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people are still going through a tough time. the response hasn't been perfect. but it's been aggressive and strong and fast and robust and a lot of people have been helped because of it. and that's a pretty good metaphor for how i want the federal government to operate generally and i'm going to do everything i can to make sure it does. christy parson. >> thank you, mr. president. congratulations, by the way. >> when i was running for state senate, you were there. >> i was. >> christy and i go back a ways. >> i've never seen you lose. i wasn't looking that one time. >> there you go. >> one quick followup and then i want to ask you about iran. i just want to make sure you understood what you said. can you envision any scenario in which we do go off the fiscal cliff at the end of the year and on iran are you preparing a final diplomatic push here to resolve the nuclear program issue and are we headed toward one-on-one talks? >> obviously we can all imagine a scenario where we go off the fiscal cliff. if despite the election, if the spite -- if despite the dangers of going over the fiscal cliff and what that means for our economy, that there's too much stubbornness in congress that we can't even agree on giving
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middle class families a tax cut, then middle class families will all end up having a big tax hike. that will be a rude shock for them and i suspect will have a big impact on the holiday shopping season, which in turn will have an impact on business planning and hiring and we can go back into a recession. it would be a bad thing. it is not necessary. so i want to repeat. step number one that we can take in the next couple of weeks, provide certainty to middle class families, 98% of families who make less than $250,000 a year, 97% of small businesses that their taxes won't go up a single dime next year. give them that certainty right now. we can get that done. we can then set up a structure
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whereby we are dealing with tax reform, closing deductions, closing loopholes, simplifying, dealing with entitlements and i'm ready and willing to make big commitments to make sure we're locking in the kind of deficit reductions that stabilize our deficit, start bringing it down, start bringing down our debt. i'm confident we can do it. it's -- and look, i've been living with this for a couple of years now. i know the math pretty well. and it's -- it really is arithmetic. it's not calculus. there are some tough things that have to be done but there's a way of doing it that doesn't hurt middle class family that does not hurt our seniors, doesn't hurt families with disabled kids, allows taos continue to invest in those -- allows us to continue to invest in those things that make us grow, research, education, helping young people go to college. as we have heard from some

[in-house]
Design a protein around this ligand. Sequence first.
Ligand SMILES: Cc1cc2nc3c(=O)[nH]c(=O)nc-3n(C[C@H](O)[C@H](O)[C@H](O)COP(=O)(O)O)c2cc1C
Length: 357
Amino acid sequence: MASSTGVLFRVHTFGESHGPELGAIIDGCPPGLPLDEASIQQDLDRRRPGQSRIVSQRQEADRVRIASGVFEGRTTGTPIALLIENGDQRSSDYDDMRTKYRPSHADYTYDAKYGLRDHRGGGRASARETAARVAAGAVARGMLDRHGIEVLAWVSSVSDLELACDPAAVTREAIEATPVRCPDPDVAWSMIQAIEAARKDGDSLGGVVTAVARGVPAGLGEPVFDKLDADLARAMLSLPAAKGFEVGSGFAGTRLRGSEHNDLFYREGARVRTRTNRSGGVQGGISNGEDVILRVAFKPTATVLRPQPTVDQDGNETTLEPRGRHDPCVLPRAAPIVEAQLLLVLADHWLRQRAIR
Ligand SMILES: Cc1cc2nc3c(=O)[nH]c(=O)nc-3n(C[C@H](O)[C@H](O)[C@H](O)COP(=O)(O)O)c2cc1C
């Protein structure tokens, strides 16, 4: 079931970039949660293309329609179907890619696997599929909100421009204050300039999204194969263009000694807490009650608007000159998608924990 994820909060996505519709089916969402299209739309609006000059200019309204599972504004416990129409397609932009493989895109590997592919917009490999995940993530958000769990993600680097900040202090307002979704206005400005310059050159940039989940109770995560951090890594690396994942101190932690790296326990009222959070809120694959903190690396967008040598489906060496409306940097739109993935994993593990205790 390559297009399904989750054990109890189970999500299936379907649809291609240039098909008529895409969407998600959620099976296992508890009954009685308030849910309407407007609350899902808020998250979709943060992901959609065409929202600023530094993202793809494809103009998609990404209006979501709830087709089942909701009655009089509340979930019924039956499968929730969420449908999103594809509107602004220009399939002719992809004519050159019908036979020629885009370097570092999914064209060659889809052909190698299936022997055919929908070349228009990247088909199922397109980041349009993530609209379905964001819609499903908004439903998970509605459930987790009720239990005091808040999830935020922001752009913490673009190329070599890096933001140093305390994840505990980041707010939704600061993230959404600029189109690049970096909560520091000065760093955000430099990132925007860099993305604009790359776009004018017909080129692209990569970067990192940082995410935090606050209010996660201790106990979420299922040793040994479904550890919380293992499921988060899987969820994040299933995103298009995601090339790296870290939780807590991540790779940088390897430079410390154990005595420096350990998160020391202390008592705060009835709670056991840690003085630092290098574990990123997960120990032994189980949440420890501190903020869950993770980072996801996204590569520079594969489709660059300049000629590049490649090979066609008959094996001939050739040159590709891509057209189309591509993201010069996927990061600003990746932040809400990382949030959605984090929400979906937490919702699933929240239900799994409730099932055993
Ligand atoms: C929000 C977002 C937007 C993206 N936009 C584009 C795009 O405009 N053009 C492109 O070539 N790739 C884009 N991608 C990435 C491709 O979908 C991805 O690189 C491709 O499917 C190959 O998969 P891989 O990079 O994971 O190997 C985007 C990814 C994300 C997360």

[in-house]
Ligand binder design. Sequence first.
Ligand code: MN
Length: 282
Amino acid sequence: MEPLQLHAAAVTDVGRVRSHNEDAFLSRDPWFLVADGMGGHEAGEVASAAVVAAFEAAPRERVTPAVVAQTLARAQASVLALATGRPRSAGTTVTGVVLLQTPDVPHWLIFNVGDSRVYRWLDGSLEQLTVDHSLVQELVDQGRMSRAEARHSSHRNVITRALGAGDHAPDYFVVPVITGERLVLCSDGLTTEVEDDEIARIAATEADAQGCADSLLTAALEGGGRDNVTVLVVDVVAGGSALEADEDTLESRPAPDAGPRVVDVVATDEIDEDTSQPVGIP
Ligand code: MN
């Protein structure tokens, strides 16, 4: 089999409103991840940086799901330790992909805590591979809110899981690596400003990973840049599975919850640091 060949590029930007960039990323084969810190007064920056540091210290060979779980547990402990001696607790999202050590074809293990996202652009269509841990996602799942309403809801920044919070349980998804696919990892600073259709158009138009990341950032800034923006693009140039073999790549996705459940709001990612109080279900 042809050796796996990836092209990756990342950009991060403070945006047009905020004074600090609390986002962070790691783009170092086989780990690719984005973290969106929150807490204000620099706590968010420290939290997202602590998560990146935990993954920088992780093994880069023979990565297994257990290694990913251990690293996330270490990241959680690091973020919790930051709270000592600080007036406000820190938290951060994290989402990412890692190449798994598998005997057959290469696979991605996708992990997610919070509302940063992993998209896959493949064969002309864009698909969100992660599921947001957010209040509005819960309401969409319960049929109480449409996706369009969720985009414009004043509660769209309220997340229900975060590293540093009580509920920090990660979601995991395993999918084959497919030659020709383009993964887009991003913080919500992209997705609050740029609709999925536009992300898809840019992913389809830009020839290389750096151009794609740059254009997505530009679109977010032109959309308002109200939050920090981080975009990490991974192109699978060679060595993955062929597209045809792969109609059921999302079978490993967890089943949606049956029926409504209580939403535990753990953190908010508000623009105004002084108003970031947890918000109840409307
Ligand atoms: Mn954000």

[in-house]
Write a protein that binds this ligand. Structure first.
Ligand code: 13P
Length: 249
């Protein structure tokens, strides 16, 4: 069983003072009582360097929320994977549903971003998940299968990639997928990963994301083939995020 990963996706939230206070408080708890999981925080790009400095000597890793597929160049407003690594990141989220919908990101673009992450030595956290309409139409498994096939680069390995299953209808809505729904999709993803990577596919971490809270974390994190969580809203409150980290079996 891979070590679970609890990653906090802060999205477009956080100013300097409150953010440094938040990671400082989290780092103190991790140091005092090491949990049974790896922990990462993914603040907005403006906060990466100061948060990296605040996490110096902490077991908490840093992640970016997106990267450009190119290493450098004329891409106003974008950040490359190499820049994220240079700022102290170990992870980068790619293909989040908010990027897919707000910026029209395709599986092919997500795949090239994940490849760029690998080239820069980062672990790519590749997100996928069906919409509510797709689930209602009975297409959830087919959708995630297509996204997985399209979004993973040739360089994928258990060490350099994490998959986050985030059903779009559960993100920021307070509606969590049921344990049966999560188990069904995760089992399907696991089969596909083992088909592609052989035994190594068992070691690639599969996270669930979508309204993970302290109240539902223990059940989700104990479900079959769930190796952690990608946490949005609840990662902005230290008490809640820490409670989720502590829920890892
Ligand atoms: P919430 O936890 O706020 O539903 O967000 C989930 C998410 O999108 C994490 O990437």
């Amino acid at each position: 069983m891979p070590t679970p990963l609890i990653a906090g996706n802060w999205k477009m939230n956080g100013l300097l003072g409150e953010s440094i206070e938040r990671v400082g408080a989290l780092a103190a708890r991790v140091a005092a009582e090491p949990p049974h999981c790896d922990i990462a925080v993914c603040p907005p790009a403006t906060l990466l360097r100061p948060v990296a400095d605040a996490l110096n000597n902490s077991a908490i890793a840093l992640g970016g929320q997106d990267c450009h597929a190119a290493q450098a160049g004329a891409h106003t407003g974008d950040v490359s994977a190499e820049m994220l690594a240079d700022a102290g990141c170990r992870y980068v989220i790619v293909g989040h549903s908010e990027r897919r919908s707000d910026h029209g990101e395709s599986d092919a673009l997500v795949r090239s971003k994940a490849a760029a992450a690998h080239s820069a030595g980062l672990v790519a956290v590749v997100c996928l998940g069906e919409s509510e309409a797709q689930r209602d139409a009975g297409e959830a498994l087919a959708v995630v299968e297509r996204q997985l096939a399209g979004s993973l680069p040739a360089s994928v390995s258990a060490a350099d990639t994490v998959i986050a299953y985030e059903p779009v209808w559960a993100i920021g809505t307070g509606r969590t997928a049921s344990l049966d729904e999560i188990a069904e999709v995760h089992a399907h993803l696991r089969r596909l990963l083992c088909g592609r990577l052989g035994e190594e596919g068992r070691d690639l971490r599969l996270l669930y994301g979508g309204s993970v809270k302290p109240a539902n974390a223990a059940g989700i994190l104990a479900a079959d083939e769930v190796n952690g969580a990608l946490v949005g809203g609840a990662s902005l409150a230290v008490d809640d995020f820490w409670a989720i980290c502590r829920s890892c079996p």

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republican commentators a modest tax increase on the wealthy is not going to break their backs. they'll still be wealthy. and it will not impinge on business investment. so we know how to do this. this is just a matter of whether or not we come together and go ahead and say, democrats and republicans, we're both going to hold hands and do what's right for the american people. and i hope that's what happens. with respect to iran, i very much want to see a diplomatic resolution to the problem. i was very clear before the campaign, i was clear during
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the campaign and i'm now clear after the campaign. we're not going to let iran get a nuclear weapon. but i think there's still a window of time for taos resolve this diplomatically. we've imposed the toughest sanctions in history. it is having an impact on iran's economy. there should be a way in which they can enjoy peaceful nuclear power while still meeting their international obligations and providing clear assurances to the international community that they're not pursuing a nuclear weapon. so yes, i will try to make a push in the coming months to see if we can open up a dialogue between iran and not just us but the international community to see if we can get this thing resolved. i can't promise that iran will walk through the door they need to walk through but that would be very much the preferable option. >> [inaudible] >> i won't talk about the details on negotiations. i think it's fair to say that we want to get this resolved and we're not going to be constrained by diplomatic niceties or protocols. if iran is serious about wanting to resolve this, they'll be in a position to resolve it. >> at one point just prior to the election there was talk